Insights into Israeli politics and culture brought to you by JSO’s Israel Chair, Dan Osburn. Did you know that the character of “Glen Coco” in the movie Mean Girls was inspired by Dan? True story.
Religious Freedom in Israel: Making it a Reality, Not Just an Ideal
Presentation By Rabbi Miri Gold
On Tuesday, October 23rd, Mizzou Hillel welcomed a unique guest speaker with a poignant perspective on the reform and progressive Jewish movements in Israel and the world. Rabbi Miri Gold who serves as the Rabbi of Kehilat Birkat Shalom, a reform synagogue based at Kibbutz Gezer located in between Jerusalem and Tel Aviv, spoke to an audience of college students and community members Tuesday night. After a ruling by the Israeli Attorney General this past May, Rabbi Gold is the first non-orthodox Rabbi to be paid by the State of Israel. This is a result of a seven-year fight by the Israel Religious Action Center in the Israeli Supreme Court.
Rabbi Gold spoke to about her path from growing up in Detroit to becoming an important figure in the Reform Movement in Israel. She first visited the State of Israel in 1966 as part of the USY Israel Pilgrimage Program and again in 1969. She noted the profound patriotism of the country during her second visit after the successes of the ’67 Six Day War allowed Jews once again enter the Old City and pray at the Western Wall. Rabbi Gold and her husband then made Aliyah to Israel to Kibbutz Gezer where they continue to live now.
The Rabbi drew some comparisons between being Jewish in the United States and Israel. She said that she never felt uncomfortable or unsafe being Jewish in the United States but she was perturbed when conflicts would arise that made her choose between observing her Judaism and attending, for example, an important football game. She found it was simply much easier to be Jewish in Israel. The other comparison though is that while it may be easier to observe Judaism in the land of Israel, many people see there only being two options for Israelis: practicing Orthodox Judaism or being completely secular. In the United States, there is a greater spectrum of ways people practice Judaism. The Rabbi indicated that it is one of the goals of the Reform Movement in Israel to bridge that gap between the Ultra Orthodox and the secular Jews.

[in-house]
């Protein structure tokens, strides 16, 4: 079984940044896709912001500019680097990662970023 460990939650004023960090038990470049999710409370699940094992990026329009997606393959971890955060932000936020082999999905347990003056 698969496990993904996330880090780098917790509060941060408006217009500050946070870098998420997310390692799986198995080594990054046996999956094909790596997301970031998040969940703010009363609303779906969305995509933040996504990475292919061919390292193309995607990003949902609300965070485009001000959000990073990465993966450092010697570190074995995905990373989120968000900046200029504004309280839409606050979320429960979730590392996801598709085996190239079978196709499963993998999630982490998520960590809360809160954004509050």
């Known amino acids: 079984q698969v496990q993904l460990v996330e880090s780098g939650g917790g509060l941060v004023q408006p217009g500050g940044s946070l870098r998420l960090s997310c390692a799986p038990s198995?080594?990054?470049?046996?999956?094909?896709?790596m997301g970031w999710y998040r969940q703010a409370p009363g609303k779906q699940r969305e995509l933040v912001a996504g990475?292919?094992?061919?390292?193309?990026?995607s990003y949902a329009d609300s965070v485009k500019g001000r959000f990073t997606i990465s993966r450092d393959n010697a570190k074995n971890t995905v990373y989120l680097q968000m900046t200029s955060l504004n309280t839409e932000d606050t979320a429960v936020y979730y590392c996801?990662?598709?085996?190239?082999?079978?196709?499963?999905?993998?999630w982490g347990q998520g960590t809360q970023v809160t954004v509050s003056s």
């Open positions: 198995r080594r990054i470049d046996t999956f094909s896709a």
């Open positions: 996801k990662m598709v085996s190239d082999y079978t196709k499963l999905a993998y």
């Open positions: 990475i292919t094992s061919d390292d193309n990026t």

Much like the Rabbi’s path from a Jewish American from Detroit to a Rabbi in Israel, Rabbi Gold spoke about the development of the reform movement in Israel. Currently called the Israel Movement for Reform and Progressive Judaism, the reform movement has looked to have more of a footing in Israeli culture. Accordingly to Rabbi Gold, today, there are nearly 10,000 Israelis associated with the reform movement and approximately 35 to 40 reform communities across the country. Their main goal is to provide options for Jews who don’t want to practice Orthodox Judaism but still want to be Jewish. To expand the movement, the Rabbi and various reform organizations are working to connect with the secular Jews. They are doing this by creating preschools and education outlets that instill reform values in young Israelis.
Another part of the process to expand the Reform Movement in Israel that the Rabbi discussed was changing the Orthodox leanings of the Israeli government. The Chief Rabbinate of Israel is recognized by law as the spiritual authority for Jewish people. This position in the Israeli government has long been dominated by Orthodox traditions and values which in turn dictates the standard of religion for the entire country. For the Reform Movement to have a bigger impact on Jewish culture in Israel, Rabbi Gold says there will need to be reform and a change in attitude within the Knesset and the Rabbinate Council.
Overall, Rabbi Miri Gold’s talk was an eye opening perspective on the status of the Reform and Progress Movements in Israel and the experiences of being a female Rabbi in country that is locked in many religious traditions.